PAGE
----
AW: [sw-l] Handwriting: Val's Shorthand Suggestions

Stefan Wöhrmann stefanwoehrmann at GEBAERDENSCHRIFT.DE
Tue Dec 23 14:44:40 UTC 2008

Hi Sandy, 

thanks for your handwritten elephant story - would be great to compare your
witing with standardized print symbols as in SignPuddle - 

Did you ever take the time to transcribe this story with SignWriter or
SignPuddle oder SignText? 

Stefan ;-)  

-----Ursprüngliche Nachricht-----
Von: sw-l-bounces at
[mailto:sw-l-bounces at] Im Auftrag von Sandy Fleming
Gesendet: Montag, 22. Dezember 2008 20:57
An: SignWriting List
Betreff: [sw-l] Handwriting: Val's Shorthand Suggestions

Hi Val!

> Following that idea that the fingers are more important than the base,  
> then the flat hand with five fingers would just be five spokes for  
> five fingers and the base shape would not be written...essentially,  
> the Shorthand would become the cursive form of sw handwriting  
> maybe...this was an idea proposed by Dr. Karen van Hoek, who used the  
> Shorthand as her SW Handwriting system and loved it...

I've tried writing with these "shorthand" suggestions and I too, love
it! This seems to bring the feel of SignWriting much closer to the feel
of writing rather than drawing to me. The signs are written more simply
so that once I've written one a few times it becomes much easier to
write it again without having to think about how it's made.

I've attached an attempt at writing a brief anecdote that runs in my
family. Since it's not "phonetic" as SignWriting usually is and it's in
BSL, you may have some difficulty with it, so I'll go through it here.

The larger sign on the left says "elephant", which is my title for the

Sign-for-sign, it then goes like this:

aLongTimeAgo Scotland h-a-w-i-c-k | cousin me | andUncle me | street
justWalkingAlong || circus carnivalComingTowardsThem
bothWatchingItGoingBy finish || uncle askChild elephant didYouSee? ||
cousinLooksUpAtHim elephant what? ||

Or in English:

A long time ago in Hawick in Scotland my cousin and uncle were walking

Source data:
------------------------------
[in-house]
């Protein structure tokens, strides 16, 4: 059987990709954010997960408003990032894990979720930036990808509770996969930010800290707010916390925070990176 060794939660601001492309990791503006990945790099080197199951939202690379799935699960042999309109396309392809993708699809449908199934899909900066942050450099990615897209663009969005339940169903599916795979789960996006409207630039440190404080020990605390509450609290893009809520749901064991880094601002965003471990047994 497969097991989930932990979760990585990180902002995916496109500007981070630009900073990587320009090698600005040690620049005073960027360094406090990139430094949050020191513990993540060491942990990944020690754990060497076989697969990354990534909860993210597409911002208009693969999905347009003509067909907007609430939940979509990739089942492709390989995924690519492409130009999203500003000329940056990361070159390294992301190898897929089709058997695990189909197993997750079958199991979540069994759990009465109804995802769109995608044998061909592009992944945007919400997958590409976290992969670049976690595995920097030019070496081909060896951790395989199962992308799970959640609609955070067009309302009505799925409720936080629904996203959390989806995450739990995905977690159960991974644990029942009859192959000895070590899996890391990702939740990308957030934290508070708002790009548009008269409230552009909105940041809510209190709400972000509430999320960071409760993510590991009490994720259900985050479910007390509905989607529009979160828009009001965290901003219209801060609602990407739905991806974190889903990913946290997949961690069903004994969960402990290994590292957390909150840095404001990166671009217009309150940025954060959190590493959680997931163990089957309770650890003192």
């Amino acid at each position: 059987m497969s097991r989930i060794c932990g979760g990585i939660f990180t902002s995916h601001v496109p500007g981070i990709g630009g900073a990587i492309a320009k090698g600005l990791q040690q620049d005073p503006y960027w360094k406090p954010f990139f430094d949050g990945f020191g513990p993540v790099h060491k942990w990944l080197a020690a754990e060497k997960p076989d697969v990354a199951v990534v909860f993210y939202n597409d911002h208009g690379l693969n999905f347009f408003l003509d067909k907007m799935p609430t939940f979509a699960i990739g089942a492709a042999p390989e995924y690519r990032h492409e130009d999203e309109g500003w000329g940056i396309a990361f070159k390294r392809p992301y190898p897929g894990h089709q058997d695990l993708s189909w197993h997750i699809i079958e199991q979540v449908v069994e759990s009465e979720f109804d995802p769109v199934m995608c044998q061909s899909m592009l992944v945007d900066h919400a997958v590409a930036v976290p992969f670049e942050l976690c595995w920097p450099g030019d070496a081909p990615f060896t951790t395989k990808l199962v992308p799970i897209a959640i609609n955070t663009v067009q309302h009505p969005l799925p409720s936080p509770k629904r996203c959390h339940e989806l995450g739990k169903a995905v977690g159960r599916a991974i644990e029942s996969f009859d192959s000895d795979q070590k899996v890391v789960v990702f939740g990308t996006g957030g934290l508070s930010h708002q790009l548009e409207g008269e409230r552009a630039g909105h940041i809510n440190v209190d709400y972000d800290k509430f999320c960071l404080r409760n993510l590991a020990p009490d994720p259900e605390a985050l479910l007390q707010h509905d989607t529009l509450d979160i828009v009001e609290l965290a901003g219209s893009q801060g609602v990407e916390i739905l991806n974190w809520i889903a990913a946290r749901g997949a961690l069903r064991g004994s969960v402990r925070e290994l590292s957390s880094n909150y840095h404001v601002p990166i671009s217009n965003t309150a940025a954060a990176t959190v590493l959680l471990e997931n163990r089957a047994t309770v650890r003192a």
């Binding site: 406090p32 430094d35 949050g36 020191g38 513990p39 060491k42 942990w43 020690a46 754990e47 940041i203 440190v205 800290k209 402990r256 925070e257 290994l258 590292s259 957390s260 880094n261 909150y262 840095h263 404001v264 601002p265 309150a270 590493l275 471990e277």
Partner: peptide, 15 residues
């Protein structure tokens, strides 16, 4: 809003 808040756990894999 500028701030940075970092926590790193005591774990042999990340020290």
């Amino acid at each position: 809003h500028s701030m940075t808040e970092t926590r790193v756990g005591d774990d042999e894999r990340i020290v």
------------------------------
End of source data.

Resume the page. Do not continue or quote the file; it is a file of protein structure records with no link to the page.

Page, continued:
along the street when a circus carnival came by. They watched it passing
and when it was gone my uncle asked my cousin, "Did you see the
elephant?" He said, "What elephant?"

Some notes on the writing:

elephant: the handshape here is a full "C" without the palm drawn. I
hope this is clear enough for someone who's used to it.

h-a-w-i-c-k: When signing with someone at a bar I noticed how she was
holding her drink in one hand and doing two-handed fingerspelling with
her free hand only. It occurred to me that you often see this and it
might be a good way of writing two-handed fingerspelling in a simpler
way that still makes sense to native BSLers. Combining this with Val's
suggestion of not writing the palms, this is the result. I've sometimes
written both hands when that emphasises the connection with the Latin
letter, as for "K" in this word.

andUncle: the single head nod which sometimes means "and" I've written
without the arrowhead. I've been doing this for a long time for head
nods and shakes.

street: I perhaps wrote this sign too quickly as it's a bit out of
shape! it's two "American-H" hands written with the palms because the
orientation is unusual so I felt it had to be indicated.

justWalkingAlong: I've missed out the arrowheads again, this time for
the "relaxed pout" on the mouth indicating that the walk is "as normal".
The half-arrowhead is horizontal, but if I'd been more careful it would
have been diagonal!

circus: I hope this is clear, it's supposed to be twisting three curved
fingers (thumb, index and middle) about the nose like a clown nose.

carnivalComingTowardsUs: again, I wrote the palms because I felt the
orientation was unusual.

bothWatchingItGoingBy: for a while now I've just repeated arrowheads to
indicate repeated movements, so this arrow is swept through three times,
in BSL indicating an activity that went on for some time.

finish: the two little lines are thumbs; the arrows are supposed to be
moving upwards but I didn't draw them doubled; I didn't worry so much
about clarity because this sign is used very frequently and couldn't be
mistaken for anything else.

what: again, I've missed the arrowheads as this shaking from side to
side movement should be clear enough to BSLers.

Will everybody be able to see this? What's best to submit graphics in,

Sandy Fleming

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